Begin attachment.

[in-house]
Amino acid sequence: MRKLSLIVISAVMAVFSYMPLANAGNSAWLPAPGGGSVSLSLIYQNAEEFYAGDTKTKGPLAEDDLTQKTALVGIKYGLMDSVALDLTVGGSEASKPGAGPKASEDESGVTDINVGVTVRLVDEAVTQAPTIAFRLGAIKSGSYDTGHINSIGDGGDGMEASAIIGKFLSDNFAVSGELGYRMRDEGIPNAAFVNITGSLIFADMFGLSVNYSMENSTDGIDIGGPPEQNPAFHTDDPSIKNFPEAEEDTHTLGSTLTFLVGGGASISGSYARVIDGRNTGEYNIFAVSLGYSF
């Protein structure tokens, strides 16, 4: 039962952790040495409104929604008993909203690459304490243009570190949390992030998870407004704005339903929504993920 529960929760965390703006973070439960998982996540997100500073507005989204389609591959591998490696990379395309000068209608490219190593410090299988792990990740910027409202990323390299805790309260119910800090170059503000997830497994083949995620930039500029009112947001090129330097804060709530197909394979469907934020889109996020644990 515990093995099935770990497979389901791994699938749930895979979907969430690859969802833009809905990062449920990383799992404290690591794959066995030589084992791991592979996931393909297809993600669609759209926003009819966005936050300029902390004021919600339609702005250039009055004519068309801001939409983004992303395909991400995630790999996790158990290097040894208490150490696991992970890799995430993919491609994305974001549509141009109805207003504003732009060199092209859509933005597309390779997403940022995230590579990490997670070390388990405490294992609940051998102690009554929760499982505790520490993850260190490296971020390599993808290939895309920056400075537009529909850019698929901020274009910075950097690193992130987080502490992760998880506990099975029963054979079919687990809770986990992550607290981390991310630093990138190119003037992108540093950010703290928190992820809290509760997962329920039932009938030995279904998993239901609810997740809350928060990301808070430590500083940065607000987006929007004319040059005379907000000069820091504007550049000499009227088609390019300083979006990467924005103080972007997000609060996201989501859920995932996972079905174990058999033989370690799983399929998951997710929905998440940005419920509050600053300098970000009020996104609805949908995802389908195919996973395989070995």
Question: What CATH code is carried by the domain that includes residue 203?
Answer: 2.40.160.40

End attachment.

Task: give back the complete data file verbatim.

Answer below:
[in-house]
Amino acid sequence: MRKLSLIVISAVMAVFSYMPLANAGNSAWLPAPGGGSVSLSLIYQNAEEFYAGDTKTKGPLAEDDLTQKTALVGIKYGLMDSVALDLTVGGSEASKPGAGPKASEDESGVTDINVGVTVRLVDEAVTQAPTIAFRLGAIKSGSYDTGHINSIGDGGDGMEASAIIGKFLSDNFAVSGELGYRMRDEGIPNAAFVNITGSLIFADMFGLSVNYSMENSTDGIDIGGPPEQNPAFHTDDPSIKNFPEAEEDTHTLGSTLTFLVGGGASISGSYARVIDGRNTGEYNIFAVSLGYSF
């Protein structure tokens, strides 16, 4: 039962952790040495409104929604008993909203690459304490243009570190949390992030998870407004704005339903929504993920 529960929760965390703006973070439960998982996540997100500073507005989204389609591959591998490696990379395309000068209608490219190593410090299988792990990740910027409202990323390299805790309260119910800090170059503000997830497994083949995620930039500029009112947001090129330097804060709530197909394979469907934020889109996020644990 515990093995099935770990497979389901791994699938749930895979979907969430690859969802833009809905990062449920990383799992404290690591794959066995030589084992791991592979996931393909297809993600669609759209926003009819966005936050300029902390004021919600339609702005250039009055004519068309801001939409983004992303395909991400995630790999996790158990290097040894208490150490696991992970890799995430993919491609994305974001549509141009109805207003504003732009060199092209859509933005597309390779997403940022995230590579990490997670070390388990405490294992609940051998102690009554929760499982505790520490993850260190490296971020390599993808290939895309920056400075537009529909850019698929901020274009910075950097690193992130987080502490992760998880506990099975029963054979079919687990809770986990992550607290981390991310630093990138190119003037992108540093950010703290928190992820809290509760997962329920039932009938030995279904998993239901609810997740809350928060990301808070430590500083940065607000987006929007004319040059005379907000000069820091504007550049000499009227088609390019300083979006990467924005103080972007997000609060996201989501859920995932996972079905174990058999033989370690799983399929998951997710929905998440940005419920509050600053300098970000009020996104609805949908995802389908195919996973395989070995």
Question: What CATH code is carried by the domain that includes residue 203?
Answer: 2.40.160.40